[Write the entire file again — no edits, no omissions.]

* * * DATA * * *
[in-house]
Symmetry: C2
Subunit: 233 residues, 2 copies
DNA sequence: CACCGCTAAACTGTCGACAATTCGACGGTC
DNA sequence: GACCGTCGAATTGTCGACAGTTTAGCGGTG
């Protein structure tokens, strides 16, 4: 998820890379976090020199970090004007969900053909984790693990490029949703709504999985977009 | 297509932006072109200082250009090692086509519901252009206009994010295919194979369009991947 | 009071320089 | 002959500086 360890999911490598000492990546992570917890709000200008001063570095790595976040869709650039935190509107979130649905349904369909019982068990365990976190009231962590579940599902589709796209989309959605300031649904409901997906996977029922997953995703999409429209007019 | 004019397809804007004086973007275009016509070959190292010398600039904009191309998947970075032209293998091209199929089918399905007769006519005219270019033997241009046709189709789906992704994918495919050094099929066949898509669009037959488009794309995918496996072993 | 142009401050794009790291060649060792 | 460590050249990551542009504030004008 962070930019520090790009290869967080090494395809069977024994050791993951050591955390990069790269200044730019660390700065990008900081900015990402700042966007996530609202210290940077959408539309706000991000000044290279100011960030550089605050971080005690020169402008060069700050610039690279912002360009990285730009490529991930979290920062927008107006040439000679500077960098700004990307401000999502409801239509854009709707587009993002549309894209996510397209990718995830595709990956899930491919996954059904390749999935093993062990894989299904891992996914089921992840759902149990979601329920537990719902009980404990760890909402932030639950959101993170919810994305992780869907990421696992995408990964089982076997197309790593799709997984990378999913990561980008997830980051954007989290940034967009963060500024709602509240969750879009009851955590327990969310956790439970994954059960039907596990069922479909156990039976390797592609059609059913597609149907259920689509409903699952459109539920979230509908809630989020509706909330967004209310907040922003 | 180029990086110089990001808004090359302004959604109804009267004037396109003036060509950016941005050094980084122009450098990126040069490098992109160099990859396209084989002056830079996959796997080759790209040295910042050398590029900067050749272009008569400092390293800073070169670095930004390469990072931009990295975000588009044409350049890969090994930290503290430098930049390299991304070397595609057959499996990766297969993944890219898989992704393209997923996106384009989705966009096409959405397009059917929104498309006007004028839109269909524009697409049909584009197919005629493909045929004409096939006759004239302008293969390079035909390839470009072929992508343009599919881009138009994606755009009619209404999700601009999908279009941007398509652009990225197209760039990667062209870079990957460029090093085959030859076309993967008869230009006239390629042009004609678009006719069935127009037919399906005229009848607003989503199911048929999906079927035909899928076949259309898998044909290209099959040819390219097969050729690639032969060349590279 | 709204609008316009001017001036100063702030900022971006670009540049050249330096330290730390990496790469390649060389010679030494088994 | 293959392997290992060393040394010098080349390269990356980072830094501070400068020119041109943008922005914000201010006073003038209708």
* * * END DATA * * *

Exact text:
[in-house]
Symmetry: C2
Subunit: 233 residues, 2 copies
DNA sequence: CACCGCTAAACTGTCGACAATTCGACGGTC
DNA sequence: GACCGTCGAATTGTCGACAGTTTAGCGGTG
């Protein structure tokens, strides 16, 4: 998820890379976090020199970090004007969900053909984790693990490029949703709504999985977009 | 297509932006072109200082250009090692086509519901252009206009994010295919194979369009991947 | 009071320089 | 002959500086 360890999911490598000492990546992570917890709000200008001063570095790595976040869709650039935190509107979130649905349904369909019982068990365990976190009231962590579940599902589709796209989309959605300031649904409901997906996977029922997953995703999409429209007019 | 004019397809804007004086973007275009016509070959190292010398600039904009191309998947970075032209293998091209199929089918399905007769006519005219270019033997241009046709189709789906992704994918495919050094099929066949898509669009037959488009794309995918496996072993 | 142009401050794009790291060649060792 | 460590050249990551542009504030004008 962070930019520090790009290869967080090494395809069977024994050791993951050591955390990069790269200044730019660390700065990008900081900015990402700042966007996530609202210290940077959408539309706000991000000044290279100011960030550089605050971080005690020169402008060069700050610039690279912002360009990285730009490529991930979290920062927008107006040439000679500077960098700004990307401000999502409801239509854009709707587009993002549309894209996510397209990718995830595709990956899930491919996954059904390749999935093993062990894989299904891992996914089921992840759902149990979601329920537990719902009980404990760890909402932030639950959101993170919810994305992780869907990421696992995408990964089982076997197309790593799709997984990378999913990561980008997830980051954007989290940034967009963060500024709602509240969750879009009851955590327990969310956790439970994954059960039907596990069922479909156990039976390797592609059609059913597609149907259920689509409903699952459109539920979230509908809630989020509706909330967004209310907040922003 | 180029990086110089990001808004090359302004959604109804009267004037396109003036060509950016941005050094980084122009450098990126040069490098992109160099990859396209084989002056830079996959796997080759790209040295910042050398590029900067050749272009008569400092390293800073070169670095930004390469990072931009990295975000588009044409350049890969090994930290503290430098930049390299991304070397595609057959499996990766297969993944890219898989992704393209997923996106384009989705966009096409959405397009059917929104498309006007004028839109269909524009697409049909584009197919005629493909045929004409096939006759004239302008293969390079035909390839470009072929992508343009599919881009138009994606755009009619209404999700601009999908279009941007398509652009990225197209760039990667062209870079990957460029090093085959030859076309993967008869230009006239390629042009004609678009006719069935127009037919399906005229009848607003989503199911048929999906079927035909899928076949259309898998044909290209099959040819390219097969050729690639032969060349590279 | 709204609008316009001017001036100063702030900022971006670009540049050249330096330290730390990496790469390649060389010679030494088994 | 293959392997290992060393040394010098080349390269990356980072830094501070400068020119041109943008922005914000201010006073003038209708």